Jennifer Louise Percy is an MFA candidate at the University of Iowa’s Nonfiction Writing Program. Her work has appeared or is forthcoming in Rosebud, The Atlantic, The American Literary Review, Redivider, The Indiana Review and Brevity. She is working on her first book of nonfiction.
Thomas Reiter’s next book of poems, Catchment, will be published this Fall by LSU Press. He has received poetry fellowships from the NEA and the New Jersey State Council on the Arts.
Clea Roberts lives in Whitehorse, the capital city of Canada’s Yukon Territory. She has published poetry in The Malahat Review, PRISM International, The Antigonish Review, The Dalhousie Review, International Feminist Journal of Politics, Lake: A Journal of Arts and Environment, and Contemporary Verse 2: The Canadian Journal of Poetry and Critical Writing, among others. She organizes the Whitehorse Poetry Festival, and her first book of poetry will be published by Freehand Books in 2010.
Paul Ruffin is Texas State University Regents’ Professor and Distinguished Professor of English at Sam Houston State University, where he edits The Texas Review and directs the Texas Review Press. He is the author of two novels, three collections of short stories, six books of poetry and two collections of essays, and has edited eleven other books. He has just been named Poet Laureate of Texas.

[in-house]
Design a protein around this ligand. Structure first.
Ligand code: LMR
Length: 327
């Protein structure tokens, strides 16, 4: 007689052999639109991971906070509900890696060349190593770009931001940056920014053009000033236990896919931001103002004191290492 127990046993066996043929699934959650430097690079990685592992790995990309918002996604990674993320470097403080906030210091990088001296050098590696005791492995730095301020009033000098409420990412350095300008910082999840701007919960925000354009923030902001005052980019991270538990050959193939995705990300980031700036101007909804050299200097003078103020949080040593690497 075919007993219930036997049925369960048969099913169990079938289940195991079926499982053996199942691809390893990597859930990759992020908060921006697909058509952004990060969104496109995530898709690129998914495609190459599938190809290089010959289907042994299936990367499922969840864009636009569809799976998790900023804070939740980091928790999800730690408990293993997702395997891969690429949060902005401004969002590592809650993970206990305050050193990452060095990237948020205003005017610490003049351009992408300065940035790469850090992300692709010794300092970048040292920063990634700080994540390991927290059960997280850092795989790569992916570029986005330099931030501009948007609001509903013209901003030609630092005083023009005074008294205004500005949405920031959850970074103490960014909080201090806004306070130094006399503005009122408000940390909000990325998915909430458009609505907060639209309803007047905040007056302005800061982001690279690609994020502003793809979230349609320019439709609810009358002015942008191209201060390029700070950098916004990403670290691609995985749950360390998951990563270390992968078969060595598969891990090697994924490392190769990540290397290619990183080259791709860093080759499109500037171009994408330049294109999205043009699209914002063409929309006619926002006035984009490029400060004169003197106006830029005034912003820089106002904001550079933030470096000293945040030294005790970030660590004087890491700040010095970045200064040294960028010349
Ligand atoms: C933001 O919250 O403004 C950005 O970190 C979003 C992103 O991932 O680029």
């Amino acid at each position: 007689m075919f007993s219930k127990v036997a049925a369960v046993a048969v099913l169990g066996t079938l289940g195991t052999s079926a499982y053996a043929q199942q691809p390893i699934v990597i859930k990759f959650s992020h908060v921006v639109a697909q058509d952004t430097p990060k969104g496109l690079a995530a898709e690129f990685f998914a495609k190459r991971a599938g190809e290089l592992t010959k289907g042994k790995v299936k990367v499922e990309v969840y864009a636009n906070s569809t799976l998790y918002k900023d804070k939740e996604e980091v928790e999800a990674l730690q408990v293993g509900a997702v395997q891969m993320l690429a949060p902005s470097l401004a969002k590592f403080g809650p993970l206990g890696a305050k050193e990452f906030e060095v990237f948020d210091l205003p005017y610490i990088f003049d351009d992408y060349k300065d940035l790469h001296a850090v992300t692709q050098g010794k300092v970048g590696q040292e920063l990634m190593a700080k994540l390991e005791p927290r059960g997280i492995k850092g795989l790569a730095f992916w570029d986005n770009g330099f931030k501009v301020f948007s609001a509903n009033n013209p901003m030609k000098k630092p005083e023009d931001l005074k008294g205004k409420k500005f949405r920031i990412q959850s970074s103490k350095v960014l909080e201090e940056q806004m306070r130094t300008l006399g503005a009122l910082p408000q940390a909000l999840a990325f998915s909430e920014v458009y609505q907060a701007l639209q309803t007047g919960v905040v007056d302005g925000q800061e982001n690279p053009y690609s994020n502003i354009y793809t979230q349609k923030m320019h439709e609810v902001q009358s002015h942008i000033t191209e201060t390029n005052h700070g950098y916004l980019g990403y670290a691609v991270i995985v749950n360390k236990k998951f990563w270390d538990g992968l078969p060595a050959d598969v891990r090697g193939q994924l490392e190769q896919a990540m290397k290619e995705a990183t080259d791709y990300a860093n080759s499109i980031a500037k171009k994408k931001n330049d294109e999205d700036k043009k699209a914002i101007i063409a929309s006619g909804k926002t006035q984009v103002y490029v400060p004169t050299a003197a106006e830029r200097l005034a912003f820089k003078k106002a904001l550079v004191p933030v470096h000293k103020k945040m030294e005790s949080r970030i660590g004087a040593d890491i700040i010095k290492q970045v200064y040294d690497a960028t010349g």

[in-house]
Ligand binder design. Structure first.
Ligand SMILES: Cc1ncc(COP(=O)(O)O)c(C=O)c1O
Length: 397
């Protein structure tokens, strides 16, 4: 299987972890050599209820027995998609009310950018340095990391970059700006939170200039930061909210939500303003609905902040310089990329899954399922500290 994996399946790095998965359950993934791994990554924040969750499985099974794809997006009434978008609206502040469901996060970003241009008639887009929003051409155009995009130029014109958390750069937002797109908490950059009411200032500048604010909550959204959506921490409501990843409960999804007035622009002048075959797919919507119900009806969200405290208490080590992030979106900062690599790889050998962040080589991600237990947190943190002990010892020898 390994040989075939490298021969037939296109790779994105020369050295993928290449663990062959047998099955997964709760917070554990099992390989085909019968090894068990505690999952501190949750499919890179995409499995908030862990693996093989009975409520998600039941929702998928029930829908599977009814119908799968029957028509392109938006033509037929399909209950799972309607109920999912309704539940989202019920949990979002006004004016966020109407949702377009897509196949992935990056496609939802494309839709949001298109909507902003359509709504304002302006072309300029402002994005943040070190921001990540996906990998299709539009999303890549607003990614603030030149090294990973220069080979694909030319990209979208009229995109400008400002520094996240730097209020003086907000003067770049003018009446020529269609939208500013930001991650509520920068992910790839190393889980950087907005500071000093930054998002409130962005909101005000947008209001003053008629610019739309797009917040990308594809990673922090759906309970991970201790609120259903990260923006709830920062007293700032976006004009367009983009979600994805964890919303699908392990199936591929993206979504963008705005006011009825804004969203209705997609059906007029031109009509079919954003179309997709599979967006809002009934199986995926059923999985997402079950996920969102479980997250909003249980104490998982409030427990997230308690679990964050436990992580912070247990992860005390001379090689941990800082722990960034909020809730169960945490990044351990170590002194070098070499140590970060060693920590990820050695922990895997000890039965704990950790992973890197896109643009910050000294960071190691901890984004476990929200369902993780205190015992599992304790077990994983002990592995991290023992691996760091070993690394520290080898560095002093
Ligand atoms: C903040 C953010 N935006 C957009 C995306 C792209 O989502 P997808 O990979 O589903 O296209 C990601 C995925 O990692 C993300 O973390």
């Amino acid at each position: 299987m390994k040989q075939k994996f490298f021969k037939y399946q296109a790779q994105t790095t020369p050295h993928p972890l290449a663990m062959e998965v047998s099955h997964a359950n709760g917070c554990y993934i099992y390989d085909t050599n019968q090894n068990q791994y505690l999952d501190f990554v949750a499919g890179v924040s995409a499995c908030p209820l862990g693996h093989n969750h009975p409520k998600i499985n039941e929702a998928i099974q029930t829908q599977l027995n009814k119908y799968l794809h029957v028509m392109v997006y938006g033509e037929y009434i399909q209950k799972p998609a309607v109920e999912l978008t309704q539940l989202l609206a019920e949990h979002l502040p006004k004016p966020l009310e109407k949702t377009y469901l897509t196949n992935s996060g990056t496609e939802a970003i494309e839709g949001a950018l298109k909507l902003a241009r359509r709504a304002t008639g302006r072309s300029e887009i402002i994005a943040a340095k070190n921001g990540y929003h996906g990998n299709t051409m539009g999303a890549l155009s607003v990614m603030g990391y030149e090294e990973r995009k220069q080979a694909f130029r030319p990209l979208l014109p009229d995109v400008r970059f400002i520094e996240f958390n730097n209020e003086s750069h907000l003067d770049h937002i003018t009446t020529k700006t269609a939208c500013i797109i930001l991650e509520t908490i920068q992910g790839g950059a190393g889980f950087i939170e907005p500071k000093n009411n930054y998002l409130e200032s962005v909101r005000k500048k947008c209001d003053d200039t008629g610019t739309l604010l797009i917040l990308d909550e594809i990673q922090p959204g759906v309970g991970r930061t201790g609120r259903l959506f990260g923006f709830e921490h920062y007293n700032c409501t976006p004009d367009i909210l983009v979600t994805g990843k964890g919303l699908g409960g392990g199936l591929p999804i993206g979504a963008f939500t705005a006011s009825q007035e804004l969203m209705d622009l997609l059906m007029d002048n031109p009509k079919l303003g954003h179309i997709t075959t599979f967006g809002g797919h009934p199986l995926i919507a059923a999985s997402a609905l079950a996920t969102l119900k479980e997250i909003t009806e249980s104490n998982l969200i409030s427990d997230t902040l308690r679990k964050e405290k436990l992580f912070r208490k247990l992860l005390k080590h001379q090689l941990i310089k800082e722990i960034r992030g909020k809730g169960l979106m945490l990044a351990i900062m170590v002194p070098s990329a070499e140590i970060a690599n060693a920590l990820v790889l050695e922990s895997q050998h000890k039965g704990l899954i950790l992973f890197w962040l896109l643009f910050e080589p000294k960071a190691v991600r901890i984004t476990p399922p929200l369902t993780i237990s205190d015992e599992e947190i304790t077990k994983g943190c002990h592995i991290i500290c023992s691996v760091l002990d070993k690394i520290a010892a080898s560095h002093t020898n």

Eric-Emmanuel Schmitt, playwright, novelist and author of short stories, was awarded the French Academy’s Grand Prix du Théâtre in 2001. His books include Oscar and the Lady in Pink, The Gospel according to Pilate, and My life with Mozart. The film Odette Toulemonde, Schmitt’s debut as screenwriter and director,was released in 2007.
A.K. Scipioni is a recent graduate of the Iowa Writers’ Workshop. Her poems have appeared or are forthcoming in Denver Quarterly, Diagram, Poetry Midwest, LA Miscellany, and 1913.
Alison Sparks is a Research Associate in the Department of Psychology at Amherst College. Her research explores the social origins of children’s linguistic and cognitive development.